Copps: Time To Include Internet In Public Interest Dialogue


Federal Communications Commission acting chairman Michael Copps said that it's time to begin thinking about how to ensure that the Internet serves the public interest.
In a speech Tuesday at the FCC's Bar Association seminar celebrating the 75th anniversary of the agency and the Communications Act, Copps said it was time to think "more rigorously" about the impact of the move of communications to the Internet.
While acknowledging the importance of open-access issues, strong consideration must also be given to "how to ensure that as the Internet becomes our primary vehicle for communicating with one another, it protects the public interest and informs the civic dialogue that America depends on."
Ensuring that broadcasters serve the public interest has been one of the keys to Copps's regulatory philosophy.
Copps also spoke about the FCC's recent charter to come up with a master plan for broadband deployment, which is a key component of the economic stimulus package's broadband grant program.
"This is a very big deal," he told his audience. "The commission has seldom if ever had a greater summons to action. It's something I have been hoping for and working for since I came to the commission almost eight years ago. How we do on this will have a lot to do with how we fare in future years-both the country and the commission."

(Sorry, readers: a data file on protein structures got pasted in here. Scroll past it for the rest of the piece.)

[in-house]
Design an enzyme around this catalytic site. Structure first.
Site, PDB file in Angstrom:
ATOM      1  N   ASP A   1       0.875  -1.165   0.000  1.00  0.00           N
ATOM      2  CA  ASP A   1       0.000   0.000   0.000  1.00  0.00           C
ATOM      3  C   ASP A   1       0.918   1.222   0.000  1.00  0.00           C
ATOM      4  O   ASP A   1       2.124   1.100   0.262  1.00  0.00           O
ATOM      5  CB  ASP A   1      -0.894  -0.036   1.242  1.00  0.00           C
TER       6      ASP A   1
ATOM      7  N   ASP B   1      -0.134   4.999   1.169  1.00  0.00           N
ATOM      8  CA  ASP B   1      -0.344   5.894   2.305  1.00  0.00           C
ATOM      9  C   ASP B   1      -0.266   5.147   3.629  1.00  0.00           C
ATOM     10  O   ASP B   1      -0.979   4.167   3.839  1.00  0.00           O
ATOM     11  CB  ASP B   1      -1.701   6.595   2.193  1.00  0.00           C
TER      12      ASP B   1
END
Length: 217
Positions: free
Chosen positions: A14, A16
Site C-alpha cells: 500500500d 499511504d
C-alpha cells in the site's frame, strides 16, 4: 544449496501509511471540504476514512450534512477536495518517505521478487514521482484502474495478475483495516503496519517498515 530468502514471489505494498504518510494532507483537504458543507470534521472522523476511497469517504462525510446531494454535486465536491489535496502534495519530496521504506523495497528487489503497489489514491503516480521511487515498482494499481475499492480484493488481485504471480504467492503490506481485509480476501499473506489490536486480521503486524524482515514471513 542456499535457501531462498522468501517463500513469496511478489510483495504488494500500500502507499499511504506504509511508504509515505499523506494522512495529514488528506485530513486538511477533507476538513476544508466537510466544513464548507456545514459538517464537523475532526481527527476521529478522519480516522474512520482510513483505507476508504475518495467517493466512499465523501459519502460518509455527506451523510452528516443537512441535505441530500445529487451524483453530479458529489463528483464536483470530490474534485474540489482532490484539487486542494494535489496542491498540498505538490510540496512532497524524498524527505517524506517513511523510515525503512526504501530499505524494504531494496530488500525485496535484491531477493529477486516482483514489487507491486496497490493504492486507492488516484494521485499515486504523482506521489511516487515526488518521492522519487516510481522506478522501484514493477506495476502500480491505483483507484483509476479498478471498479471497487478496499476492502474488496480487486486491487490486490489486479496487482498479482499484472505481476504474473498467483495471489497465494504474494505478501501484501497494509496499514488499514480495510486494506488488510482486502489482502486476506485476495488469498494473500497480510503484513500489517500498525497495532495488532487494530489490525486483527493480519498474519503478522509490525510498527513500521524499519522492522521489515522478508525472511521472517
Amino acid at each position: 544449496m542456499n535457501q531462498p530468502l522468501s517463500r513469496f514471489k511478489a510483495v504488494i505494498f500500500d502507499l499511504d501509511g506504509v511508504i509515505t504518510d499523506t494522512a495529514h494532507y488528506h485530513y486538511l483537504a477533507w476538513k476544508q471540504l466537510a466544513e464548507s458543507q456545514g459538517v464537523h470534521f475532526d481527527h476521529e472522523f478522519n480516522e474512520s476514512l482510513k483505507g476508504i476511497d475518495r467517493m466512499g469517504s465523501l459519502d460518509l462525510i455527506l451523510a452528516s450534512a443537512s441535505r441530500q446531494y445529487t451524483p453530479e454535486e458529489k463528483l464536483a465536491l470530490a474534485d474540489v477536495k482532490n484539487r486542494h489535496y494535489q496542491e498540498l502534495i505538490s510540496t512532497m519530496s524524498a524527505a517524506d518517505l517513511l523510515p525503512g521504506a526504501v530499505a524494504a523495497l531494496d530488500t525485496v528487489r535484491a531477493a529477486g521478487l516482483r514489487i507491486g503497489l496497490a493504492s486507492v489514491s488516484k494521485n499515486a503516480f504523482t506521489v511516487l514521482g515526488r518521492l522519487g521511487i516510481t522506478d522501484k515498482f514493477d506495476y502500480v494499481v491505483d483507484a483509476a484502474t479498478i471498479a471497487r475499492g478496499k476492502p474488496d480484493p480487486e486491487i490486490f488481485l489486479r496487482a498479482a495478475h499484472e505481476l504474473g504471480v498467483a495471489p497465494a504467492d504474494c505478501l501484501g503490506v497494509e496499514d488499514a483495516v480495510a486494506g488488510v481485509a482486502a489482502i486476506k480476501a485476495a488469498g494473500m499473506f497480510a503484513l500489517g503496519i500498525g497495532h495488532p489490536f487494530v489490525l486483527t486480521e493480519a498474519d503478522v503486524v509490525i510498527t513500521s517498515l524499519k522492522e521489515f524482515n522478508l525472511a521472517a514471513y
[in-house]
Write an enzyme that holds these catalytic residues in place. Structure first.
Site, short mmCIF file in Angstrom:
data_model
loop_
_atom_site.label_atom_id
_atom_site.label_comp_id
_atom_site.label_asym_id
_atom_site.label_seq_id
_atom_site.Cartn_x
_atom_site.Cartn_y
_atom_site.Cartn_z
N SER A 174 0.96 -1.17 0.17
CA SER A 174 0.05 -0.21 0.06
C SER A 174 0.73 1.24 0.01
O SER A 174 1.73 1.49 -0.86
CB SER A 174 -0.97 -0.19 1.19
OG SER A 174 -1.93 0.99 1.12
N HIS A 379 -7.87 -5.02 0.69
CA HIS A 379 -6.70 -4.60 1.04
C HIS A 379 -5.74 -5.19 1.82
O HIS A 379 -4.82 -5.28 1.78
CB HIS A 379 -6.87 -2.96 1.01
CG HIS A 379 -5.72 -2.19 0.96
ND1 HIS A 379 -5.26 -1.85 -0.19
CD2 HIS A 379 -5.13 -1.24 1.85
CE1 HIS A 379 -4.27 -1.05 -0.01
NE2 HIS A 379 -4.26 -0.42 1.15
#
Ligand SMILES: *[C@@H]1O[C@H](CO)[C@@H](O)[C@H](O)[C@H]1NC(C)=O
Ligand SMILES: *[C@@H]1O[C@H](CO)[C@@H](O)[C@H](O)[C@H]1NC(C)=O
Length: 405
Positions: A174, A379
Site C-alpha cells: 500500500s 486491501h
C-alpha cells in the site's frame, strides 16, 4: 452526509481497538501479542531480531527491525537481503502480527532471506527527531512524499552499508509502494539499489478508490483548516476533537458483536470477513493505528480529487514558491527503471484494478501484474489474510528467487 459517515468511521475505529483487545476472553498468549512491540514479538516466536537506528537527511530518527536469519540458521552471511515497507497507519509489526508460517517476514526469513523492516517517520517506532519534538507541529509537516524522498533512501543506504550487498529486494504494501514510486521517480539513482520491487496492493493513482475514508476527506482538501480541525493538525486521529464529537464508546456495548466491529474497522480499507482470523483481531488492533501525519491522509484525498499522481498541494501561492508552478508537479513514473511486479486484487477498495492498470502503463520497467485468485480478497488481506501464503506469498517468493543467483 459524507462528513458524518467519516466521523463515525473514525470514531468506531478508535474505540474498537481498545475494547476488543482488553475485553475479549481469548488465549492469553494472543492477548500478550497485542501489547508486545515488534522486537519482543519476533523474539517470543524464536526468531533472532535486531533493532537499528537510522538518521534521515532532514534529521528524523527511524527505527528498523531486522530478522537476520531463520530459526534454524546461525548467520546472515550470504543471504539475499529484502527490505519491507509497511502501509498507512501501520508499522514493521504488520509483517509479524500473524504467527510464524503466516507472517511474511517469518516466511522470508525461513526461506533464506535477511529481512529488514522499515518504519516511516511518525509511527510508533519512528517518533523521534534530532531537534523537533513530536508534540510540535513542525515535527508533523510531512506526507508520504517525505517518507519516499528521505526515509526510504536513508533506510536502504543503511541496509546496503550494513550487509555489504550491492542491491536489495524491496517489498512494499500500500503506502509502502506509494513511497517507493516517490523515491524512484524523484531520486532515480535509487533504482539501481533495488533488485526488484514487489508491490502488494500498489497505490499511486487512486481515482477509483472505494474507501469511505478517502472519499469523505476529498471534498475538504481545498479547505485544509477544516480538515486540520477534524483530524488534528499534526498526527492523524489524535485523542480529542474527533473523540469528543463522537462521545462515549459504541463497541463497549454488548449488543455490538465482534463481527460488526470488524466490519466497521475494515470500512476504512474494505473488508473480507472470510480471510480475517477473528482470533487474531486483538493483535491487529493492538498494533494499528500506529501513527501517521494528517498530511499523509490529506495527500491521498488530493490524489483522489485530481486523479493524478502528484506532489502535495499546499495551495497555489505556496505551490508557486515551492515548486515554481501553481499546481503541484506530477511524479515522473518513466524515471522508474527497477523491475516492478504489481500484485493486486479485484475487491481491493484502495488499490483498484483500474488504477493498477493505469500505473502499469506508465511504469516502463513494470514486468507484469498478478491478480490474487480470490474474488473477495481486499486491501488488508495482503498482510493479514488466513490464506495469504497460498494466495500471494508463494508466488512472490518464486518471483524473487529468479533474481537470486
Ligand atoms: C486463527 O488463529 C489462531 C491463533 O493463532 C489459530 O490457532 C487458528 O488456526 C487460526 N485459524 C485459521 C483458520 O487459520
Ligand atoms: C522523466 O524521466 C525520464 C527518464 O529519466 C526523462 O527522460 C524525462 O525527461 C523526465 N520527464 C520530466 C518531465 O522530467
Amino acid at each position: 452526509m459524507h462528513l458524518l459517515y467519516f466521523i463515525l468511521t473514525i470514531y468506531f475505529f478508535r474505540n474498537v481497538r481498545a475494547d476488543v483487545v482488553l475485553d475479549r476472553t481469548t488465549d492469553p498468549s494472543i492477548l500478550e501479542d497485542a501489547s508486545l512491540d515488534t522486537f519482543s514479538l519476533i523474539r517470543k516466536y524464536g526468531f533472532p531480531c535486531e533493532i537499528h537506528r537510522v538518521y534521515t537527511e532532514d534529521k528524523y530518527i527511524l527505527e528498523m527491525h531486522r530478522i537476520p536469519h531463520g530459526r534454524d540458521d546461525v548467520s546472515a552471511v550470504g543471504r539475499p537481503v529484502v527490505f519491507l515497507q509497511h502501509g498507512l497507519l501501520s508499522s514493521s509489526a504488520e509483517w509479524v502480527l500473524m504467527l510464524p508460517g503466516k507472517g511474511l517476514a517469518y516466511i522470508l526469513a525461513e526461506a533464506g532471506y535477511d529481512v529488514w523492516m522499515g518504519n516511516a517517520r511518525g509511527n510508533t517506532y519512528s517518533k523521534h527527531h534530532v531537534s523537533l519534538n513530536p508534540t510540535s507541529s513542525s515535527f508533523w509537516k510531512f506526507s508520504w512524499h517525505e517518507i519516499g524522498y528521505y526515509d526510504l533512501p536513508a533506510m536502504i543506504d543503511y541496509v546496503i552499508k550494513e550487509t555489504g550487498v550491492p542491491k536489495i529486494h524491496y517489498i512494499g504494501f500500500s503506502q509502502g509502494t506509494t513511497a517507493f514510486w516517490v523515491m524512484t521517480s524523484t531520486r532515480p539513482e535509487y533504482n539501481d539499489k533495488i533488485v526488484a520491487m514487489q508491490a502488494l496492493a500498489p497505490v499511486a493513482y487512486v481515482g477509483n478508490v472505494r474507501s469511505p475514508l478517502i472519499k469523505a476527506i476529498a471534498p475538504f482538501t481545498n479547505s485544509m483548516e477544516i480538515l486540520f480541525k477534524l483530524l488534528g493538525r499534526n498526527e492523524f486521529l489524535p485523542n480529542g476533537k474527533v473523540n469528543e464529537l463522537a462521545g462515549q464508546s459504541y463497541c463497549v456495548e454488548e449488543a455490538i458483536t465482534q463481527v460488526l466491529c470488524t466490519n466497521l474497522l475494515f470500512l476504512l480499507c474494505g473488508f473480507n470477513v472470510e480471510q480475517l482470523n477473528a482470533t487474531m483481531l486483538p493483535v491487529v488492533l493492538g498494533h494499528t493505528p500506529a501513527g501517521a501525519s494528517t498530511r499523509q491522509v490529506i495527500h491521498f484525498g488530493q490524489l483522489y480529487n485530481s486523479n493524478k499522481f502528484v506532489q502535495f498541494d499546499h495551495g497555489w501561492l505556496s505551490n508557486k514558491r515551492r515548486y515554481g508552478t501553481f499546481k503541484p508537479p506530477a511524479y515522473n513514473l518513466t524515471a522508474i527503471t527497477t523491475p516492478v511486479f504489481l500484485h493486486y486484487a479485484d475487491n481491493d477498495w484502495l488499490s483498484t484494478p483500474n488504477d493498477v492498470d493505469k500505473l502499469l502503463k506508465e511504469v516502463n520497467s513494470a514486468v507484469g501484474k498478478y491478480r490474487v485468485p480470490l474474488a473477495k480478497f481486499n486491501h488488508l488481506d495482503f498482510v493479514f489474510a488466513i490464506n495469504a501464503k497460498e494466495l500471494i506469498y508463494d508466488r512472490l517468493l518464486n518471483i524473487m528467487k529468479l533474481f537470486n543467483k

There have been calls from Congress for an overhaul of the FCC. While Copps has been a critic of the commission's lack of openness -- and has taken steps to, as he put it "open up clogged lines of communication" -- he also said reformers should look before they leap.
"Some will surely say the next step, after reopening closed lines of communication, needs to be some vast reorganization of the commission," Copps said. "That may or may not be true, and in any case would be a decision for more permanent FCC leadership to make. I would, however, offer just a word caution because I'm not so sure that such wide-ranging reorganization is always the first or best answer to the problems we confront."
His point isn't whether the FCC should not take "a good hard look at [its] mission, which he said it should do, but that massive overhaul can be disruptive, damaging to morale, and could take away from what he called one of those "rare moments of reform--like we have now--when our energies would be better focused on good policy outcomes rather than moving the furniture around."